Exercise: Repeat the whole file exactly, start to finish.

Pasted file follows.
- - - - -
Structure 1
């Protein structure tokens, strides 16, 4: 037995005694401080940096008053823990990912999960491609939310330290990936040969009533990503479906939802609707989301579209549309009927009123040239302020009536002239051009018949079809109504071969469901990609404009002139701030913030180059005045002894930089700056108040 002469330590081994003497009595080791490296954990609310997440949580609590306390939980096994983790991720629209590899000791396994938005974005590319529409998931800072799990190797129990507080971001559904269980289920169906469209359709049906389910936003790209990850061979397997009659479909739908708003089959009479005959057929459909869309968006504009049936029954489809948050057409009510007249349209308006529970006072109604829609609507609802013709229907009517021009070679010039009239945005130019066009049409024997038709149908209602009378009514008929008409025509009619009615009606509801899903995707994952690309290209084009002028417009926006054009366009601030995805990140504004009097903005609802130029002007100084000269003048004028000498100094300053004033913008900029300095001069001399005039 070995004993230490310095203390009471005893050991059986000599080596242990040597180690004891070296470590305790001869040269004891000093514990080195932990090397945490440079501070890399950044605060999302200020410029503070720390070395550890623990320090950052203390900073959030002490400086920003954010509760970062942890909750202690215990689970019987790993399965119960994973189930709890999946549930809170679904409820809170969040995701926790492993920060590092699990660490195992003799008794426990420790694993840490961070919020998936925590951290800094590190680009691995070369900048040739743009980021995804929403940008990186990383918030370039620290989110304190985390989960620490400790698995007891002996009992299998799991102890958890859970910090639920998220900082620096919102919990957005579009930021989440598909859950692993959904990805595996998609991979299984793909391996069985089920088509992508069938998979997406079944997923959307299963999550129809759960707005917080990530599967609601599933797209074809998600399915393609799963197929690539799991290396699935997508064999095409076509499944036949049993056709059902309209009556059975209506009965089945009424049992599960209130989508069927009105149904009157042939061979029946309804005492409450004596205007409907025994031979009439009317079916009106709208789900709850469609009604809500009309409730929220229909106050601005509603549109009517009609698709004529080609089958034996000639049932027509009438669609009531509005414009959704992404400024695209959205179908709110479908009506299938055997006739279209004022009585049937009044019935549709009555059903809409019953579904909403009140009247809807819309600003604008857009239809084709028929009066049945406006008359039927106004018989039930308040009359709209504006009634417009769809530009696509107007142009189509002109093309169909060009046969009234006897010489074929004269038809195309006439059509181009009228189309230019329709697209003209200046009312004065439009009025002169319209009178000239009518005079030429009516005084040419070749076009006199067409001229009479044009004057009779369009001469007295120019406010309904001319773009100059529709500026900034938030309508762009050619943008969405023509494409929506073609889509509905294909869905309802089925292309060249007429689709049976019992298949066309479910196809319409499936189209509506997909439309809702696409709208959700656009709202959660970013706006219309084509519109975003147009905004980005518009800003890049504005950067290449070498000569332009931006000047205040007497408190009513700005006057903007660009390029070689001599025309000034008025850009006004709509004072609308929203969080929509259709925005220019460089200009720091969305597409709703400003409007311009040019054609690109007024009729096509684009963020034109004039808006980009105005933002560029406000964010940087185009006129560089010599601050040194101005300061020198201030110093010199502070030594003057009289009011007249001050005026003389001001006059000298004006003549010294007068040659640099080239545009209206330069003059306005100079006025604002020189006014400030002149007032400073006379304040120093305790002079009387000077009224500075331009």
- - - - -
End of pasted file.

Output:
Structure 1
């Protein structure tokens, strides 16, 4: 037995005694401080940096008053823990990912999960491609939310330290990936040969009533990503479906939802609707989301579209549309009927009123040239302020009536002239051009018949079809109504071969469901990609404009002139701030913030180059005045002894930089700056108040 002469330590081994003497009595080791490296954990609310997440949580609590306390939980096994983790991720629209590899000791396994938005974005590319529409998931800072799990190797129990507080971001559904269980289920169906469209359709049906389910936003790209990850061979397997009659479909739908708003089959009479005959057929459909869309968006504009049936029954489809948050057409009510007249349209308006529970006072109604829609609507609802013709229907009517021009070679010039009239945005130019066009049409024997038709149908209602009378009514008929008409025509009619009615009606509801899903995707994952690309290209084009002028417009926006054009366009601030995805990140504004009097903005609802130029002007100084000269003048004028000498100094300053004033913008900029300095001069001399005039 070995004993230490310095203390009471005893050991059986000599080596242990040597180690004891070296470590305790001869040269004891000093514990080195932990090397945490440079501070890399950044605060999302200020410029503070720390070395550890623990320090950052203390900073959030002490400086920003954010509760970062942890909750202690215990689970019987790993399965119960994973189930709890999946549930809170679904409820809170969040995701926790492993920060590092699990660490195992003799008794426990420790694993840490961070919020998936925590951290800094590190680009691995070369900048040739743009980021995804929403940008990186990383918030370039620290989110304190985390989960620490400790698995007891002996009992299998799991102890958890859970910090639920998220900082620096919102919990957005579009930021989440598909859950692993959904990805595996998609991979299984793909391996069985089920088509992508069938998979997406079944997923959307299963999550129809759960707005917080990530599967609601599933797209074809998600399915393609799963197929690539799991290396699935997508064999095409076509499944036949049993056709059902309209009556059975209506009965089945009424049992599960209130989508069927009105149904009157042939061979029946309804005492409450004596205007409907025994031979009439009317079916009106709208789900709850469609009604809500009309409730929220229909106050601005509603549109009517009609698709004529080609089958034996000639049932027509009438669609009531509005414009959704992404400024695209959205179908709110479908009506299938055997006739279209004022009585049937009044019935549709009555059903809409019953579904909403009140009247809807819309600003604008857009239809084709028929009066049945406006008359039927106004018989039930308040009359709209504006009634417009769809530009696509107007142009189509002109093309169909060009046969009234006897010489074929004269038809195309006439059509181009009228189309230019329709697209003209200046009312004065439009009025002169319209009178000239009518005079030429009516005084040419070749076009006199067409001229009479044009004057009779369009001469007295120019406010309904001319773009100059529709500026900034938030309508762009050619943008969405023509494409929506073609889509509905294909869905309802089925292309060249007429689709049976019992298949066309479910196809319409499936189209509506997909439309809702696409709208959700656009709202959660970013706006219309084509519109975003147009905004980005518009800003890049504005950067290449070498000569332009931006000047205040007497408190009513700005006057903007660009390029070689001599025309000034008025850009006004709509004072609308929203969080929509259709925005220019460089200009720091969305597409709703400003409007311009040019054609690109007024009729096509684009963020034109004039808006980009105005933002560029406000964010940087185009006129560089010599601050040194101005300061020198201030110093010199502070030594003057009289009011007249001050005026003389001001006059000298004006003549010294007068040659640099080239545009209206330069003059306005100079006025604002020189006014400030002149007032400073006379304040120093305790002079009387000077009224500075331009």